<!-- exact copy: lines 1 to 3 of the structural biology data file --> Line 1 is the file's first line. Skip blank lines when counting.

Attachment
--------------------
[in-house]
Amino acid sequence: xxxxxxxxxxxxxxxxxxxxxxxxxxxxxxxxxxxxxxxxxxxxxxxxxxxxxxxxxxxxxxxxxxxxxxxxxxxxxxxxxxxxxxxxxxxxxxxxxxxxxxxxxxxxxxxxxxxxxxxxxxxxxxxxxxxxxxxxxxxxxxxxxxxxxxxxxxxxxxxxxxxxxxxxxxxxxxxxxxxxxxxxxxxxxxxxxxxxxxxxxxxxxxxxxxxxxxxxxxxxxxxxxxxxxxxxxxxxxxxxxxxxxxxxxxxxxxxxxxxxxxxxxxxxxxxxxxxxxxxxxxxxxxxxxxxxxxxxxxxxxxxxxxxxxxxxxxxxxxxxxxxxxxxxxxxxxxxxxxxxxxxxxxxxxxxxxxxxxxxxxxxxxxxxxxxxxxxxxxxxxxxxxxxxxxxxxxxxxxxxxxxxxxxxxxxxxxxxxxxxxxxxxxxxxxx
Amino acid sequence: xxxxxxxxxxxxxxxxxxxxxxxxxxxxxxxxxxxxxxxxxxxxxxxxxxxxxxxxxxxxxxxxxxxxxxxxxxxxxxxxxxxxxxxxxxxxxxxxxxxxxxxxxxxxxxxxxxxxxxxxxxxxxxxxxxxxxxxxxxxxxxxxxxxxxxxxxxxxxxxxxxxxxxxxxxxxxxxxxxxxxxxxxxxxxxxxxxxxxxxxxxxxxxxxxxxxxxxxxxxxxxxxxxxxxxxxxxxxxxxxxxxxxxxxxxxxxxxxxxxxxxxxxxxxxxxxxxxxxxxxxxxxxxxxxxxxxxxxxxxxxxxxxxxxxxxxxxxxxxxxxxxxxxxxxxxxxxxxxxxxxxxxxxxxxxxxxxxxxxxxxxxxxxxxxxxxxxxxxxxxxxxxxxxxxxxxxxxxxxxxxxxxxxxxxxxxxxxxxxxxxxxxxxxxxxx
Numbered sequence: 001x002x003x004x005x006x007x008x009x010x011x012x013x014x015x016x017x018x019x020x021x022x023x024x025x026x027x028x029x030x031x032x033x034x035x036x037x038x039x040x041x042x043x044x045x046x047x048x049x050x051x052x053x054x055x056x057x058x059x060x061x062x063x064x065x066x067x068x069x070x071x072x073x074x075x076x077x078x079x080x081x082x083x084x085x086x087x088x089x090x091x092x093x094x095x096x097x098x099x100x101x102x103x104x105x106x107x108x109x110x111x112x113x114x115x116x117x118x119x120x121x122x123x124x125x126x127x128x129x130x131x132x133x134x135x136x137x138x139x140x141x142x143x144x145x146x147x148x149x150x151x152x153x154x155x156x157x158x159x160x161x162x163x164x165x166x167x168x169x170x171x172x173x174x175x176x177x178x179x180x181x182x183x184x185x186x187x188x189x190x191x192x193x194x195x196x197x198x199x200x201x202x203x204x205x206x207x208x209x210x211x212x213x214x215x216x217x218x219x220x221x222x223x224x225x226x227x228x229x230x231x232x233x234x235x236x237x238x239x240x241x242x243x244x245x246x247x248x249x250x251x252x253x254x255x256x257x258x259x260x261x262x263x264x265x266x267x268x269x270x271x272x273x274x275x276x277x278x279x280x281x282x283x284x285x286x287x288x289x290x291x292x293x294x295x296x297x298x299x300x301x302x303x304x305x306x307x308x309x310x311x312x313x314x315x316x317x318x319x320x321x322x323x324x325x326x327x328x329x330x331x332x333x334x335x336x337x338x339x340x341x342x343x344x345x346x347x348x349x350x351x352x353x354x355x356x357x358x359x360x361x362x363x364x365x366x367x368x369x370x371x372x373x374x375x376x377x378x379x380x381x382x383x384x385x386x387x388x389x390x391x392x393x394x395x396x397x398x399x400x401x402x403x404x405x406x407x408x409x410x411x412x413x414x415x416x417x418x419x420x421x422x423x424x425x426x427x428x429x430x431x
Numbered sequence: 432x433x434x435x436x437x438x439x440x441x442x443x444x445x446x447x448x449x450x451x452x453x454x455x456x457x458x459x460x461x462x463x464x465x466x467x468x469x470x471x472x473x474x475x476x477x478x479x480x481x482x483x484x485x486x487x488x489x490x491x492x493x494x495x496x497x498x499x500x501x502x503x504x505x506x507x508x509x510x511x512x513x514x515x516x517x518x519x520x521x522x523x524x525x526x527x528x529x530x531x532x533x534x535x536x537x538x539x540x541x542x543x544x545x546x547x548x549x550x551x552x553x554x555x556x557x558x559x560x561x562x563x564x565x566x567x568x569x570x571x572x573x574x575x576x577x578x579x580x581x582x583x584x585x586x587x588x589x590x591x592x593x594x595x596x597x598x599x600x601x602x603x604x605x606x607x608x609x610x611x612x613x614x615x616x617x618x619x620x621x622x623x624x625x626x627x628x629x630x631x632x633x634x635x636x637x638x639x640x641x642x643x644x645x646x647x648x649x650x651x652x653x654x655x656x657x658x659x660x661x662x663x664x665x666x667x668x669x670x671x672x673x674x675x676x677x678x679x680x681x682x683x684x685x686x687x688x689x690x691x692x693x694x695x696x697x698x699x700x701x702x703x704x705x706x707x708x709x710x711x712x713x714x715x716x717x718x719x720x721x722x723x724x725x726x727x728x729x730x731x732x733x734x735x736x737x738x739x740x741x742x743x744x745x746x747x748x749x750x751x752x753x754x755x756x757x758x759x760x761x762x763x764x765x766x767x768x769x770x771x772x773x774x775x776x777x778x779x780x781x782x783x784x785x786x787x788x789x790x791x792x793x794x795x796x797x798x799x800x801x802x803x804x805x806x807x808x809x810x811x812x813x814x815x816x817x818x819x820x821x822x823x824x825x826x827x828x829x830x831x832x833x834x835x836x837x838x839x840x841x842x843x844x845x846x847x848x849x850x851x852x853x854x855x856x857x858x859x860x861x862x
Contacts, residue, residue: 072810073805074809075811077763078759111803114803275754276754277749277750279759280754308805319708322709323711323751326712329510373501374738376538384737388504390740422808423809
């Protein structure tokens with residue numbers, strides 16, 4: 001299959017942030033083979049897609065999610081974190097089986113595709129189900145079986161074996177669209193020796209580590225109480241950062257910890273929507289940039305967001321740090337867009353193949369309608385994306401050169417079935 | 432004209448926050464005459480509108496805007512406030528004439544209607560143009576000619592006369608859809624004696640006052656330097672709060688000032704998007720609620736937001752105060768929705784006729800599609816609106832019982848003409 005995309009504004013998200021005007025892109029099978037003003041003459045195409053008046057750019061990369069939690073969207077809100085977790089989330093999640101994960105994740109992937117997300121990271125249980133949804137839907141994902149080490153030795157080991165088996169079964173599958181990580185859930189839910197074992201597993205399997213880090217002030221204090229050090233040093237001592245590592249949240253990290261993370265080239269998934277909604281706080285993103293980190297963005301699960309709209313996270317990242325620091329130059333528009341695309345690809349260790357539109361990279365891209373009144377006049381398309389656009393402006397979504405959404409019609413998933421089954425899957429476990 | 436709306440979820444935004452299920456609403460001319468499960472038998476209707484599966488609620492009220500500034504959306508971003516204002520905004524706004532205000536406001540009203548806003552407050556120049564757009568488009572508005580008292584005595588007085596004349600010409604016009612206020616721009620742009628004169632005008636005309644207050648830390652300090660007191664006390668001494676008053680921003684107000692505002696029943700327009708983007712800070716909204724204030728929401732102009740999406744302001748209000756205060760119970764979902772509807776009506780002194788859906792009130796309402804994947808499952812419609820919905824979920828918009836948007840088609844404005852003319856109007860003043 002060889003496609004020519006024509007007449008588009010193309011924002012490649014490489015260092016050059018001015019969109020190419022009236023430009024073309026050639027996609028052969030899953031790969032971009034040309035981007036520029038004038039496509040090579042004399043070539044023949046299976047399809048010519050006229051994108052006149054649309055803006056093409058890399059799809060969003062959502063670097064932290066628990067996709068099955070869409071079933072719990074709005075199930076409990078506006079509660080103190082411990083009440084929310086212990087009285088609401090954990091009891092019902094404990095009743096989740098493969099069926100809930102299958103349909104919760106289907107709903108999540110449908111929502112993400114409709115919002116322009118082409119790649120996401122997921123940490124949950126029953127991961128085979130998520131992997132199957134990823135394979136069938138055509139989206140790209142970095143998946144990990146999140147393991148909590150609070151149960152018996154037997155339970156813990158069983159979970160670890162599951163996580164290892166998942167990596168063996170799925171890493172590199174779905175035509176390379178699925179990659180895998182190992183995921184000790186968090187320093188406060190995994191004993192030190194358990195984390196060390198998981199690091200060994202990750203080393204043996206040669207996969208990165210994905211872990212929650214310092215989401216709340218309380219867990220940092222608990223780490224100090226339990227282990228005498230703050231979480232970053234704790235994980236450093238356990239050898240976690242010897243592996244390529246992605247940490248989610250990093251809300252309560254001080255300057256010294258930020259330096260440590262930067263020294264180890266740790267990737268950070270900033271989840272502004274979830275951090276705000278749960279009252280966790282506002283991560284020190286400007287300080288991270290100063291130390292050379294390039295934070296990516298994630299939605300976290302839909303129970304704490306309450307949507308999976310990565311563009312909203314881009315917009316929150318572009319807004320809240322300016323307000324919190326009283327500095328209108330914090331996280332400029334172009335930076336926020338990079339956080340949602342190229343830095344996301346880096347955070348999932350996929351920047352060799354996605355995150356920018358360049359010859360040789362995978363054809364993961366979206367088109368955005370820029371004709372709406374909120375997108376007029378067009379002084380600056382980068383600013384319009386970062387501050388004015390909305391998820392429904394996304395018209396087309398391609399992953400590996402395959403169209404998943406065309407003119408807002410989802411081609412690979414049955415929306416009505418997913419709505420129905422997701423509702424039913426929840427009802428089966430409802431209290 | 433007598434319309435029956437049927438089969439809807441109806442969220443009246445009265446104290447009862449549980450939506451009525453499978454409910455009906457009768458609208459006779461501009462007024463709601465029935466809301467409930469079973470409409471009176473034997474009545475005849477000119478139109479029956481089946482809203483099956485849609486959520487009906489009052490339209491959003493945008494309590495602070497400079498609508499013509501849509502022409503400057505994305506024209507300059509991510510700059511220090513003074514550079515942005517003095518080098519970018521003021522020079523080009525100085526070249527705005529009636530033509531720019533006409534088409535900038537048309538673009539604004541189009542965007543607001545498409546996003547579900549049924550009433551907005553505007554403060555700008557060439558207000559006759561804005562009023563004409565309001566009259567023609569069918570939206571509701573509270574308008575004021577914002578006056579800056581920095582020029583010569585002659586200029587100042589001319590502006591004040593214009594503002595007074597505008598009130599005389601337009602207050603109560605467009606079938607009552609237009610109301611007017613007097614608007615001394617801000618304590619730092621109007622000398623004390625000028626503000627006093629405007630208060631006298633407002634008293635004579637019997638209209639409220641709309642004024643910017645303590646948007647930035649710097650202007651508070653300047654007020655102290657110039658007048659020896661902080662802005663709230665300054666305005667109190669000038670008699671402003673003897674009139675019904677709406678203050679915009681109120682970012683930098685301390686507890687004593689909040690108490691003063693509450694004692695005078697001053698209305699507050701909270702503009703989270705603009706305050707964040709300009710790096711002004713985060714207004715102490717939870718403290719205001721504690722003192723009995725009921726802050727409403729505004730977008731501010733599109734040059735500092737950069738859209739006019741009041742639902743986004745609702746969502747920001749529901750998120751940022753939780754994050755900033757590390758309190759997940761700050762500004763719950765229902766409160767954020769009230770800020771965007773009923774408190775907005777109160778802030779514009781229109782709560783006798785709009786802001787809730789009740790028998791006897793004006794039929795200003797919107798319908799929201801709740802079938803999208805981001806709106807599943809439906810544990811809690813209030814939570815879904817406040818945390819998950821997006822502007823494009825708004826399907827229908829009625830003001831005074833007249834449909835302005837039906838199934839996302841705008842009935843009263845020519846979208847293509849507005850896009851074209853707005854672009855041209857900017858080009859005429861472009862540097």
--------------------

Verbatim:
[in-house]
Amino acid sequence: xxxxxxxxxxxxxxxxxxxxxxxxxxxxxxxxxxxxxxxxxxxxxxxxxxxxxxxxxxxxxxxxxxxxxxxxxxxxxxxxxxxxxxxxxxxxxxxxxxxxxxxxxxxxxxxxxxxxxxxxxxxxxxxxxxxxxxxxxxxxxxxxxxxxxxxxxxxxxxxxxxxxxxxxxxxxxxxxxxxxxxxxxxxxxxxxxxxxxxxxxxxxxxxxxxxxxxxxxxxxxxxxxxxxxxxxxxxxxxxxxxxxxxxxxxxxxxxxxxxxxxxxxxxxxxxxxxxxxxxxxxxxxxxxxxxxxxxxxxxxxxxxxxxxxxxxxxxxxxxxxxxxxxxxxxxxxxxxxxxxxxxxxxxxxxxxxxxxxxxxxxxxxxxxxxxxxxxxxxxxxxxxxxxxxxxxxxxxxxxxxxxxxxxxxxxxxxxxxxxxxxxxxxxxxxx
Amino acid sequence: xxxxxxxxxxxxxxxxxxxxxxxxxxxxxxxxxxxxxxxxxxxxxxxxxxxxxxxxxxxxxxxxxxxxxxxxxxxxxxxxxxxxxxxxxxxxxxxxxxxxxxxxxxxxxxxxxxxxxxxxxxxxxxxxxxxxxxxxxxxxxxxxxxxxxxxxxxxxxxxxxxxxxxxxxxxxxxxxxxxxxxxxxxxxxxxxxxxxxxxxxxxxxxxxxxxxxxxxxxxxxxxxxxxxxxxxxxxxxxxxxxxxxxxxxxxxxxxxxxxxxxxxxxxxxxxxxxxxxxxxxxxxxxxxxxxxxxxxxxxxxxxxxxxxxxxxxxxxxxxxxxxxxxxxxxxxxxxxxxxxxxxxxxxxxxxxxxxxxxxxxxxxxxxxxxxxxxxxxxxxxxxxxxxxxxxxxxxxxxxxxxxxxxxxxxxxxxxxxxxxxxxxxxxxxxx